What are you doing New Year’s Eve? If you’re doing what you should be, the answer is “not much.” The holidays are looking a little different this year with the pandemic, and while it’s easy enough to be festive when there’s a tree involved, it’s a little less inspiring to count down at midnight with only yourself around to kiss.
Fortunately, there are options for what you can do: There are the old network standbys, like Andy Cohen and Anderson Cooper on CNN, and whatever Ryan Seacrest is up to this year for Dick Clark’s Rockin’ New Year’s Eve. If all that sounds so-so, though, perhaps consider New Years Queens: Goodbye 2020, an 11-hour livestream event showcasing some of the best drag queens around. Hosted by Miz Cracker, Peppermint, Bob The Drag Queen, Trixie Mattel, Katya, and Alaska, the show will also feature performances from queens like Manila Luzon and the Boulet Brothers, along with eight different New Year’s countdowns—one for each time zone the New Year touches during the stream.
In preparation for the show, we talked to one of our favorite queens, Alaska Thunderfuck 5000. For the video below, we asked her thoughts on New Year’s Eve—specifically the whole “meh” anti-climax of the whole thing. While she’s firmly in the “no big deal” camp, she’s happy to have a mic in her hand this year, when we’re all just looking to say an enthusiastic adios to the nightmare that is 2020.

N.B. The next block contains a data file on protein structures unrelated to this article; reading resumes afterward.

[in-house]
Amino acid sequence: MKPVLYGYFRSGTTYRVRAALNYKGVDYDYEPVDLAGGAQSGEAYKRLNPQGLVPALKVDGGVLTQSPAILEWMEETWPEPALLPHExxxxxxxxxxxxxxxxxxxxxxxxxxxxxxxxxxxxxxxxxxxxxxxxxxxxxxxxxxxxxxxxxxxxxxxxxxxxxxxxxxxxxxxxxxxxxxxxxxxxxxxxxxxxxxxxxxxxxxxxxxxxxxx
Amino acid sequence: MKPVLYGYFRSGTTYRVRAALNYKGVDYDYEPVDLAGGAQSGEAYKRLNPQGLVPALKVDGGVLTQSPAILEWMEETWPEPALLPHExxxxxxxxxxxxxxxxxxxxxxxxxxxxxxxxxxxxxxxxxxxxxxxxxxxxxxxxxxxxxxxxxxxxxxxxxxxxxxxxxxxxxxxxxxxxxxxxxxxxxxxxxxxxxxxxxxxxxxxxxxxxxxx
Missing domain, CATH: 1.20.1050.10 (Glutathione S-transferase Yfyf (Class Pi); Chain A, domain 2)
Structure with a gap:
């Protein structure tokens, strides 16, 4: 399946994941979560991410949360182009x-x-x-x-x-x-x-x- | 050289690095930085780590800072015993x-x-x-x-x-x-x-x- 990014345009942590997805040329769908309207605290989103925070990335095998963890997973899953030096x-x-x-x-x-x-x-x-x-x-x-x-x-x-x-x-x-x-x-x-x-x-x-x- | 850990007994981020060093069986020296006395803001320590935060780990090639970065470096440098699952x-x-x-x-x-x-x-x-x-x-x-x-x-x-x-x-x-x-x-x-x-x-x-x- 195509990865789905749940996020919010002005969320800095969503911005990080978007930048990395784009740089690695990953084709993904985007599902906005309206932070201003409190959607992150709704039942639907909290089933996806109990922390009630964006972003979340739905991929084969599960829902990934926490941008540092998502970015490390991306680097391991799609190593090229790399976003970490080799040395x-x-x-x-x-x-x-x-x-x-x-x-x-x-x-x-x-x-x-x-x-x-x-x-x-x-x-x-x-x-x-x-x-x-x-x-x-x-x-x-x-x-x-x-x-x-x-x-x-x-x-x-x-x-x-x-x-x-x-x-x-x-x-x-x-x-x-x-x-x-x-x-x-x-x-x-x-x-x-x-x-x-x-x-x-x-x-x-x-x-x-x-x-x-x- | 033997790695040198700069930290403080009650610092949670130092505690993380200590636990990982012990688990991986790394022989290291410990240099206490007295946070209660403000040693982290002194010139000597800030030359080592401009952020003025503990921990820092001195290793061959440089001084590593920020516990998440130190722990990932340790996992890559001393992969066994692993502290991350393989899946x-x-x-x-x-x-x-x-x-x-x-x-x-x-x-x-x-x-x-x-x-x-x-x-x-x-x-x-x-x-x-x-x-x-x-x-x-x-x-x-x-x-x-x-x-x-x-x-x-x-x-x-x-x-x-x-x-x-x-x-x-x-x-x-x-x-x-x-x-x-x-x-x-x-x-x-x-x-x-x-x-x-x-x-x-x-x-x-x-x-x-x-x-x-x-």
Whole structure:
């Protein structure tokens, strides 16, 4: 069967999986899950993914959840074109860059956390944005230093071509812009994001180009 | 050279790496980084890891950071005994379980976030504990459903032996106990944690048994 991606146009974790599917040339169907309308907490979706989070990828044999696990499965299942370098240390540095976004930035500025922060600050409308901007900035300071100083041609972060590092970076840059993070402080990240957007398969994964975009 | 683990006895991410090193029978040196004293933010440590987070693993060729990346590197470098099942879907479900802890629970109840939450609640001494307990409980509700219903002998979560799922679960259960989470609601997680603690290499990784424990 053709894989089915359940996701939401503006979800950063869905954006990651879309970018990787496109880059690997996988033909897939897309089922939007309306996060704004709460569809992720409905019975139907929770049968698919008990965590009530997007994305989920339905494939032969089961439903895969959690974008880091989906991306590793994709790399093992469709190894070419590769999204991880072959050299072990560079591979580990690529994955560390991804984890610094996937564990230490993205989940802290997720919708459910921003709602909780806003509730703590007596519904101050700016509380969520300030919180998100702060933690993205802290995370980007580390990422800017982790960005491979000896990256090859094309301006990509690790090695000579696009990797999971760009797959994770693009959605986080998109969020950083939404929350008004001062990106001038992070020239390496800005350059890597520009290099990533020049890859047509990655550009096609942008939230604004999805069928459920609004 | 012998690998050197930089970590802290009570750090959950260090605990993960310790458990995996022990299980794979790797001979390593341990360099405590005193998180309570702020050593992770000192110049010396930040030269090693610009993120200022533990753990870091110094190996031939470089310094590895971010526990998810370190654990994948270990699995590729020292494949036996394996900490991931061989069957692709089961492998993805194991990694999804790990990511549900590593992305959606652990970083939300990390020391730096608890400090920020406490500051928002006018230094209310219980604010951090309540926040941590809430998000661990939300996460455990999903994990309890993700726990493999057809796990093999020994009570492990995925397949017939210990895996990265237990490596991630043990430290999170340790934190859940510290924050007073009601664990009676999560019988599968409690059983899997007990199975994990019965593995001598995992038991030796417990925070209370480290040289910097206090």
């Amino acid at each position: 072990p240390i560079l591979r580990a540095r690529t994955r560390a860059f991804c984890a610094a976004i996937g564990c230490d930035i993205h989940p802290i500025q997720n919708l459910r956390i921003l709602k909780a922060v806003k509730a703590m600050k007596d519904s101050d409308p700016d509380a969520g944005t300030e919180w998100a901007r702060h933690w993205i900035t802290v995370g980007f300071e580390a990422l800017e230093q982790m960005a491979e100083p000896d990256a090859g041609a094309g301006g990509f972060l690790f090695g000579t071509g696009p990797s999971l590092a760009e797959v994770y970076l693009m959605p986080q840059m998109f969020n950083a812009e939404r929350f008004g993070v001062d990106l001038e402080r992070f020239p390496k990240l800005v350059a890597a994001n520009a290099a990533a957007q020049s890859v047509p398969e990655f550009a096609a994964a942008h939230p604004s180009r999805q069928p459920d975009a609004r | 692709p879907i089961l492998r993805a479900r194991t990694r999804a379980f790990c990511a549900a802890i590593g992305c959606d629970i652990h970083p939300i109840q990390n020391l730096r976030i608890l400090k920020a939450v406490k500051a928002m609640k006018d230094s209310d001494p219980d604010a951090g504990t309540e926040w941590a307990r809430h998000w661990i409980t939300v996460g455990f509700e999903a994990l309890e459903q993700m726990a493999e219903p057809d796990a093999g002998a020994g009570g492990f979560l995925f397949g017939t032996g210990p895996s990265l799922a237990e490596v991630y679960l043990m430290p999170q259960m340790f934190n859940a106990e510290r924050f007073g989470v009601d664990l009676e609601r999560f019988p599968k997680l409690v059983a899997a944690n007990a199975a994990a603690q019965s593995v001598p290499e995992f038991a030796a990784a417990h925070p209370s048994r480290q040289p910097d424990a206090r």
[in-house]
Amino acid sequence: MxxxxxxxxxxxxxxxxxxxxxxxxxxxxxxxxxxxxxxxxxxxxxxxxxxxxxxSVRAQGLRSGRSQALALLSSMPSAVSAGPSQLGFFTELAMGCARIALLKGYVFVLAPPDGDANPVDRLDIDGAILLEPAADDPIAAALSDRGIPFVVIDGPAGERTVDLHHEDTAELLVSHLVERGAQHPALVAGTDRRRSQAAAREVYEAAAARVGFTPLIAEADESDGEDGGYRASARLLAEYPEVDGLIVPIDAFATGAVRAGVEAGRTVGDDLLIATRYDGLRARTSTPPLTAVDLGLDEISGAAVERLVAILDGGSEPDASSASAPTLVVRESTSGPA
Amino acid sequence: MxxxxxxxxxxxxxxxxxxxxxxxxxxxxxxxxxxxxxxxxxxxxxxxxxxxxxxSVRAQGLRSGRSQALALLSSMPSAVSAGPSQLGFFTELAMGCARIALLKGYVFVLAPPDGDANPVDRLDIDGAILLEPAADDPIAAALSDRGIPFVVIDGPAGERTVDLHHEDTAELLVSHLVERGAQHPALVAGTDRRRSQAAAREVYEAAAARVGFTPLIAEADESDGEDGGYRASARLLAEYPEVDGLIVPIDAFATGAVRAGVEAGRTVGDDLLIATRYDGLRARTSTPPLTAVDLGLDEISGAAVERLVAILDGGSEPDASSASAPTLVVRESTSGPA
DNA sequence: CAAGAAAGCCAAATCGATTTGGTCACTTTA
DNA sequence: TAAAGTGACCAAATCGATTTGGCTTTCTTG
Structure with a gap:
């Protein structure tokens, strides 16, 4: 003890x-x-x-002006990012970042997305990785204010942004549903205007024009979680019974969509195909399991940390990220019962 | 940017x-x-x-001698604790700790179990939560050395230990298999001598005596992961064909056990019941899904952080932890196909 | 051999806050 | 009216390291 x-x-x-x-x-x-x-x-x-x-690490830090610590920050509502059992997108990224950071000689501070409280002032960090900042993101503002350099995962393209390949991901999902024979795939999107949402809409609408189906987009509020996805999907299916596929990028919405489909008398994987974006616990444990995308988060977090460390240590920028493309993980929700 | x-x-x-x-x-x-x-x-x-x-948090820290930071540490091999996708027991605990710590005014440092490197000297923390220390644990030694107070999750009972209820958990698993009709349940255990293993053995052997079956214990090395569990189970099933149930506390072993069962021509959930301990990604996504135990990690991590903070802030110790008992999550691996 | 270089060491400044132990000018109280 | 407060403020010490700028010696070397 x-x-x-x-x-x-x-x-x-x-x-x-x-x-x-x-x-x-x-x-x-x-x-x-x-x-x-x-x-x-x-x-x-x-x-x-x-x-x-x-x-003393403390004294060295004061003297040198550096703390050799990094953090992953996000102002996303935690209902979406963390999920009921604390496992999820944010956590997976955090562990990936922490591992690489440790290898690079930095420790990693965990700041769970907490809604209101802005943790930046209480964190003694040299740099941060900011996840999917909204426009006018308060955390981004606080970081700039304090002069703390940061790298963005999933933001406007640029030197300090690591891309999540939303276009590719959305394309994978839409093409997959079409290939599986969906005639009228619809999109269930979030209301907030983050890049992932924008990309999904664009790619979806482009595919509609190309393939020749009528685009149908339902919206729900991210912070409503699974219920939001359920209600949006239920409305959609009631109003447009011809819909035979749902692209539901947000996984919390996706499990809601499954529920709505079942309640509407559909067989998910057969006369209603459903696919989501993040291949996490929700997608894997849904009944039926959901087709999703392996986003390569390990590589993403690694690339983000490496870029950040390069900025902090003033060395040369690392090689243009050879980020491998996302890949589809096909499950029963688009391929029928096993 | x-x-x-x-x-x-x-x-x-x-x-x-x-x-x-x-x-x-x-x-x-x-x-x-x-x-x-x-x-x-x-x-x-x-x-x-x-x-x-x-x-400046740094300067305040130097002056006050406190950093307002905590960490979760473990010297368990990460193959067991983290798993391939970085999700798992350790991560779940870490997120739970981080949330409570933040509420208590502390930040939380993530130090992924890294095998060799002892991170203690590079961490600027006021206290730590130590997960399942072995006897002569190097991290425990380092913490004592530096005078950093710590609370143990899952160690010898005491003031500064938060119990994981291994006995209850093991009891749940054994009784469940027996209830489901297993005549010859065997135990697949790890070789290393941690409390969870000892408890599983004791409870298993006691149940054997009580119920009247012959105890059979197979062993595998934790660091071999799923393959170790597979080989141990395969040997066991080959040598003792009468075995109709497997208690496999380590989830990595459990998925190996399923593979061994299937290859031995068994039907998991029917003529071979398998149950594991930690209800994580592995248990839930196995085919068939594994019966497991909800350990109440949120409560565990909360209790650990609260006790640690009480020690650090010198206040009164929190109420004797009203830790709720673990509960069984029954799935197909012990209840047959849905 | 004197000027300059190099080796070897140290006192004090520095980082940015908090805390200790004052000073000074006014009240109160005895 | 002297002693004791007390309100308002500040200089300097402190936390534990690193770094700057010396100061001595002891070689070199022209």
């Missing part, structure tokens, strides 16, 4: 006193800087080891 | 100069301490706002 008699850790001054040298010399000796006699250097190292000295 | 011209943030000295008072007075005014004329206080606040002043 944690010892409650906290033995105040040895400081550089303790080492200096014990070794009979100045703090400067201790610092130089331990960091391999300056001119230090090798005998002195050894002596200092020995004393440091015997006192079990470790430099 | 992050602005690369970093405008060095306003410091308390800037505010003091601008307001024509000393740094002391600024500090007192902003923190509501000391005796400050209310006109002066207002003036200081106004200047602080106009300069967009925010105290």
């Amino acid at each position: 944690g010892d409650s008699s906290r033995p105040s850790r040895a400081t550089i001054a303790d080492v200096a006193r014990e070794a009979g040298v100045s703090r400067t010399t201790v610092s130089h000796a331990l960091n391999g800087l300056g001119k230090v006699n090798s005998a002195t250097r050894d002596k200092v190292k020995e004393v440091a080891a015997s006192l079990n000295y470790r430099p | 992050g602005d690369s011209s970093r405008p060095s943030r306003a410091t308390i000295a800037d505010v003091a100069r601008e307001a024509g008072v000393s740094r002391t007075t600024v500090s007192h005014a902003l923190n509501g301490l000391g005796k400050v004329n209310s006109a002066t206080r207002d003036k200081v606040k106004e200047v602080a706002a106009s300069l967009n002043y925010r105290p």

While we had Alaska, we had to get her thoughts on a few other things, including her new take on “Let It Snow,” which she says was made with the intent of adding new, very gay layers to the old classic. Plus, in her new video, she basically gets to be a sexy Sim, so, bonus!
We also asked the drag star who she’s excited to see on RuPaul’s Drag Race season 13, which premieres on VH1 on New Year’s Day. Since she’s been in LA for years, she’s leaning toward the West Coast queens, but there are a few others she’s got her eye on.
Finally, we got Alaska’s thoughts on how the drag industry has been affected by COVID-19. She weighs in on the future of the digital drag space, and on how—even in the face of great adversity—queens have found a way to make it work in 2020.
New Year’s Queens tickets start at $49—a bargain at twice the price—and are available now. Alaska’s podcast, Race Chaser, comes out every Wednesday and Friday.